Anglers using fish for bait are reminded to be careful with how these fish are used and disposed of. Careless use of baitfish is one of the primary means by which non-native species and fish diseases are spread from water to water. Unused baitfish should be discarded in an appropriate location on dry land. A “Green List” of commercially available baitfish species that are approved for use in New York State has now been established in regulation. A discussion of these regulations and how to identify approved baitfish species is available online. Personal collection and use of baitfish other than those on the “Green List” is permitted, but only on the water from which they were collected and they may not be transported overland by motorized vehicle. Anglers are reminded that new regulations for transportation of baitfish are currently under consideration, and these proposed regulations can be viewed online.

Preventing Invasive Species and Fish Diseases
Anglers are reminded to be sure to dry or disinfect their fishing and boating equipment, including waders and boots, before entering a new body of water. This is the only way to prevent the spread of potentially damaging invasive plant and animal species (didymo and zebra mussels) and fish diseases (Viral Hemorrhagic Septicemia (VHS) and whirling disease). Methods to clean and disinfect fishing gear can be found online.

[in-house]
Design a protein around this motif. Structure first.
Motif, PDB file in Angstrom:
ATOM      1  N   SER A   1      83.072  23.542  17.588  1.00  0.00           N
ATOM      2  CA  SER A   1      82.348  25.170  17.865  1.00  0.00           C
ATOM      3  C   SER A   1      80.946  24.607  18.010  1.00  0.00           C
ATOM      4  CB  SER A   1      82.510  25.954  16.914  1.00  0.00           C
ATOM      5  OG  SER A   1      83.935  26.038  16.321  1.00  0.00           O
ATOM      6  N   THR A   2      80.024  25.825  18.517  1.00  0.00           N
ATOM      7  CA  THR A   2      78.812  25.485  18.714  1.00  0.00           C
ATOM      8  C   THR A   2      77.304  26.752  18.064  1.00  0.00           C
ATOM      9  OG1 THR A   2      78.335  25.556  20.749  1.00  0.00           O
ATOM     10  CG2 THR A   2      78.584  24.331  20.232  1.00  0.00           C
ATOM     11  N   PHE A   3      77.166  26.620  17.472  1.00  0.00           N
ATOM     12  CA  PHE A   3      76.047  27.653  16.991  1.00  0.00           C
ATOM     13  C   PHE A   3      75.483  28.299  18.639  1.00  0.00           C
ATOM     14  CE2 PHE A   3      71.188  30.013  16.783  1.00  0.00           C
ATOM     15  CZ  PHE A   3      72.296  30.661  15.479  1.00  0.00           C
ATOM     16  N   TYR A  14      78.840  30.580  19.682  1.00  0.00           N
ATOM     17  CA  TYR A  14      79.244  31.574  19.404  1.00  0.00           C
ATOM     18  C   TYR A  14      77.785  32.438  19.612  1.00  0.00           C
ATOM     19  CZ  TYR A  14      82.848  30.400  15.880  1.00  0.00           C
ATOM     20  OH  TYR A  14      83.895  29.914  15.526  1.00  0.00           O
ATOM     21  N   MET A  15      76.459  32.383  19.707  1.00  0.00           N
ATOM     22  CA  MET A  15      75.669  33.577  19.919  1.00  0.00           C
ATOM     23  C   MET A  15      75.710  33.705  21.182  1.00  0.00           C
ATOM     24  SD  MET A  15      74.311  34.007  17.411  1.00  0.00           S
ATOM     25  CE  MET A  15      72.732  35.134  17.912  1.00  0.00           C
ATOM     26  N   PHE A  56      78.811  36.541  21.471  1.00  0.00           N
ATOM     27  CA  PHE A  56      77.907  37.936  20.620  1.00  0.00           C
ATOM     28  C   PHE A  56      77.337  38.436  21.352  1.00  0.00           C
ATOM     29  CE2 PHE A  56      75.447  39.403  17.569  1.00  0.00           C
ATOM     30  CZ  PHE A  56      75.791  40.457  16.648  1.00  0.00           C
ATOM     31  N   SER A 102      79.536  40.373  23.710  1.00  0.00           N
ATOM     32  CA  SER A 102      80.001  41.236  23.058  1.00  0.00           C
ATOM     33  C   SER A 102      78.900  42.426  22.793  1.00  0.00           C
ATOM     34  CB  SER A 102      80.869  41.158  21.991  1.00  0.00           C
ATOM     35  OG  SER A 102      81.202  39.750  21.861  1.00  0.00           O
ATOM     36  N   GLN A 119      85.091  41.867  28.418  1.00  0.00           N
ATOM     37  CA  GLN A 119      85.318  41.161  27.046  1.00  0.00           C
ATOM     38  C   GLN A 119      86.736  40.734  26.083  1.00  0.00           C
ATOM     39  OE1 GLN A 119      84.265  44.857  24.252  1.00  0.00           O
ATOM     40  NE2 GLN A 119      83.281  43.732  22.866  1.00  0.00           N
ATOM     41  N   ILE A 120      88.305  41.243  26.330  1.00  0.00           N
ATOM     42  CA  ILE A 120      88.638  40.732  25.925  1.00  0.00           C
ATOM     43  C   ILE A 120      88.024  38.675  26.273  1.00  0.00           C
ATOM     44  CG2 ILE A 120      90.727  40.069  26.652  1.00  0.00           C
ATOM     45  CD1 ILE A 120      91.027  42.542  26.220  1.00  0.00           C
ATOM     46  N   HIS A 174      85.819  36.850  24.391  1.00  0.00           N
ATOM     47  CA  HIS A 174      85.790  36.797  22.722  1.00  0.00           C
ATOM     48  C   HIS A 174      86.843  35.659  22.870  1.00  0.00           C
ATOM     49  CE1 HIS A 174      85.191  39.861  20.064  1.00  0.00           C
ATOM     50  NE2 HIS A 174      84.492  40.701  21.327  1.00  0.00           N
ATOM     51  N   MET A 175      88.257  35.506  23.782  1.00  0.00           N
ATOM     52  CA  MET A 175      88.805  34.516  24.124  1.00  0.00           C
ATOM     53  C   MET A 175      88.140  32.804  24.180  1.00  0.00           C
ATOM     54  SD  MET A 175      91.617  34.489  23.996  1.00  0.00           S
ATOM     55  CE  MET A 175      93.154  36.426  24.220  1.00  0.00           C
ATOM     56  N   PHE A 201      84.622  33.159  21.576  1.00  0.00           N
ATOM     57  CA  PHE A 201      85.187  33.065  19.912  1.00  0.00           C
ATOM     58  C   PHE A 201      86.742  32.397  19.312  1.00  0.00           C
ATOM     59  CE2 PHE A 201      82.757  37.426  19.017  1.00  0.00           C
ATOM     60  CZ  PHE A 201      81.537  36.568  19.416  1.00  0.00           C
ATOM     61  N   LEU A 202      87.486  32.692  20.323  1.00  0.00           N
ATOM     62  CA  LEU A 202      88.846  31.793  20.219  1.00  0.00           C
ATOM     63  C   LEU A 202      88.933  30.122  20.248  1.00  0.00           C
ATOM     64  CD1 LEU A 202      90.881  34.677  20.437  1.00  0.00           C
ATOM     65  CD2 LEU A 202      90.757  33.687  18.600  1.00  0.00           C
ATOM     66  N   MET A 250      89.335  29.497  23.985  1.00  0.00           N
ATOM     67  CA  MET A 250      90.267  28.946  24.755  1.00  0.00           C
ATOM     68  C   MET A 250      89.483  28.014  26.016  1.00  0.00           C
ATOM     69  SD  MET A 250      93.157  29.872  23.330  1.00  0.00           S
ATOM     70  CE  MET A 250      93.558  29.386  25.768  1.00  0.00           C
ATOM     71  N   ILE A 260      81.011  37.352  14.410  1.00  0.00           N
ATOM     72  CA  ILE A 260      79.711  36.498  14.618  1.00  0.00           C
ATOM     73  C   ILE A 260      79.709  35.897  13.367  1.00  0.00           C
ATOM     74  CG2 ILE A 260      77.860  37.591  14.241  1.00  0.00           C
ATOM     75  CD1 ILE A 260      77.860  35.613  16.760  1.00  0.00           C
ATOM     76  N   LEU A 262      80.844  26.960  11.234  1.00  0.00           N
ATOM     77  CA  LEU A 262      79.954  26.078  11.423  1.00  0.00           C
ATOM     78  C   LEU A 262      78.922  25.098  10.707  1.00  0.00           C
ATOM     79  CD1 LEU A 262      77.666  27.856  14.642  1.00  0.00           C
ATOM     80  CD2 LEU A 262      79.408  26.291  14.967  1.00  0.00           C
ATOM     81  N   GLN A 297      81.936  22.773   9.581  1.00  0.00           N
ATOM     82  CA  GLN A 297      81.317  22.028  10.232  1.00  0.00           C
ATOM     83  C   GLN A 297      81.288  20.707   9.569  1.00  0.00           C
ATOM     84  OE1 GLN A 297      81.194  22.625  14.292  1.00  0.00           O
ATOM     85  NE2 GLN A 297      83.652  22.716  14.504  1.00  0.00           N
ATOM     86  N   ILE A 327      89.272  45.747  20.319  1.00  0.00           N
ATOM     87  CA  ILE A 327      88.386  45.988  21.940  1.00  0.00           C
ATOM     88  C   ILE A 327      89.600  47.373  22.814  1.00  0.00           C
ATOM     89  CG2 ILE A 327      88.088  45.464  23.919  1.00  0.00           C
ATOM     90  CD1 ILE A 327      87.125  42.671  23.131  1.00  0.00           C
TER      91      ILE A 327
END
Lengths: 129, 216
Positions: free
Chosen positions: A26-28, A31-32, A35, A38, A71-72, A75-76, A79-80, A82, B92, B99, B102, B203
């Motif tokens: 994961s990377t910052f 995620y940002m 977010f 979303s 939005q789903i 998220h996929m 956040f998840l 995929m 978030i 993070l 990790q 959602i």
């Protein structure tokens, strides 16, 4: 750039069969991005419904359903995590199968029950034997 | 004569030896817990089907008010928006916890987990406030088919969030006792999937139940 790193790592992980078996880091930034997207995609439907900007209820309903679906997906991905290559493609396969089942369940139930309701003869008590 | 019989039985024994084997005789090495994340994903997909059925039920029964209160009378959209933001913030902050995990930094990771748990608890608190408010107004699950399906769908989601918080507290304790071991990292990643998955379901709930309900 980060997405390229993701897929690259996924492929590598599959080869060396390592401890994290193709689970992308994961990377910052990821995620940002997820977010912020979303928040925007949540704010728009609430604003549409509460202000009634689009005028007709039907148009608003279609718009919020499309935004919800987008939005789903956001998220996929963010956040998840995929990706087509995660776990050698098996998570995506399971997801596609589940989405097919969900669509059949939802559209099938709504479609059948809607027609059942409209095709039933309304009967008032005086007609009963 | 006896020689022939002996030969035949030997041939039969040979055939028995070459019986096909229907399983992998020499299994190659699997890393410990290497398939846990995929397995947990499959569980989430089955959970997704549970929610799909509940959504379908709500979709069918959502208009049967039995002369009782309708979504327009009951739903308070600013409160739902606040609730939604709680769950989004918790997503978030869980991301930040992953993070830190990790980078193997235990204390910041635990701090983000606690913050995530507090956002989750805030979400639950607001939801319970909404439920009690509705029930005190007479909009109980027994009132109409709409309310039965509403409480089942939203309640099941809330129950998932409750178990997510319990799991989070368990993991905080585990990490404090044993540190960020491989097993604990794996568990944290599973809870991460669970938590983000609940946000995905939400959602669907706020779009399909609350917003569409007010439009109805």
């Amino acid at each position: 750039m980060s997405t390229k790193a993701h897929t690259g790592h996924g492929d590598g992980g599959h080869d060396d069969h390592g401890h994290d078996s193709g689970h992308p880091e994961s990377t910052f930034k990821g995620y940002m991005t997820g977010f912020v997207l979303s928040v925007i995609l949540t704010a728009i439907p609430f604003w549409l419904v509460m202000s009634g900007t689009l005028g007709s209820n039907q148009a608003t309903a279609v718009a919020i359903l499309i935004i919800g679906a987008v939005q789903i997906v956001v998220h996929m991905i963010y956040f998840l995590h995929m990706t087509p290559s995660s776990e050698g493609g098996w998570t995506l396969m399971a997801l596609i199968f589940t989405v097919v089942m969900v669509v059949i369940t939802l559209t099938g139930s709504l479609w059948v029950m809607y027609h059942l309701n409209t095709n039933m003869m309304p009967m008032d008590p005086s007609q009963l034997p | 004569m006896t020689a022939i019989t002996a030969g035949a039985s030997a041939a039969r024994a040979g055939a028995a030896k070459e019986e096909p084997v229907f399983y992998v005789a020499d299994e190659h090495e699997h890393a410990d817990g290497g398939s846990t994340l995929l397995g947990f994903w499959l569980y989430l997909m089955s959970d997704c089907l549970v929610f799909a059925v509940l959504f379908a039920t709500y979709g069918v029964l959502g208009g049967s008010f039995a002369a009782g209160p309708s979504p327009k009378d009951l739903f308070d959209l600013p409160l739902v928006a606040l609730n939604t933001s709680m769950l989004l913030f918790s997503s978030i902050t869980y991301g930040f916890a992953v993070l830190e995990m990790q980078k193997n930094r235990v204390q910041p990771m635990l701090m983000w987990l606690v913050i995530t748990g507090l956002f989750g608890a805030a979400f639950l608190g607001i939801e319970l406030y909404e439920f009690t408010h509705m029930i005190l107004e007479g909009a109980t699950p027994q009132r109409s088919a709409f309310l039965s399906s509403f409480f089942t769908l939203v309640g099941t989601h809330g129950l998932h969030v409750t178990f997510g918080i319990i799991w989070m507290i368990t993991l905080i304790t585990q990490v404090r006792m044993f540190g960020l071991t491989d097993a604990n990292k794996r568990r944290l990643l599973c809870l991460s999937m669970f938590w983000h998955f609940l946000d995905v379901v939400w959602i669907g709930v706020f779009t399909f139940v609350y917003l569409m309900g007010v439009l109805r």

Health Advisories on Fish
The NYSDOH has issued the 2010-2011 advisories on eating sportfish and game. Some of fish and game contain chemicals at levels that may be harmful to human health. See the DEC webpage on Fish Health Advisories for more information and links to the Department of Health information.

ADIRONDACK HUNTING REPORTS

Changes Proposed for Hunting Regulations
DEC has announced proposed rules affecting deer and bear hunting in New York to implement the state’s Five-Year Deer Management Plan which was adopted in October 2011 [pdf]. DEC will accept public comments on this proposal through May 21, 2012. Comments on this rule change should be specific to the proposals and should not be resubmissions of previous comments submitted on the full deer management plan or previous regulatory proposals, the agency said. To see more complete and detailed explanations of the proposals, including instructions for providing comments, visit the DEC website.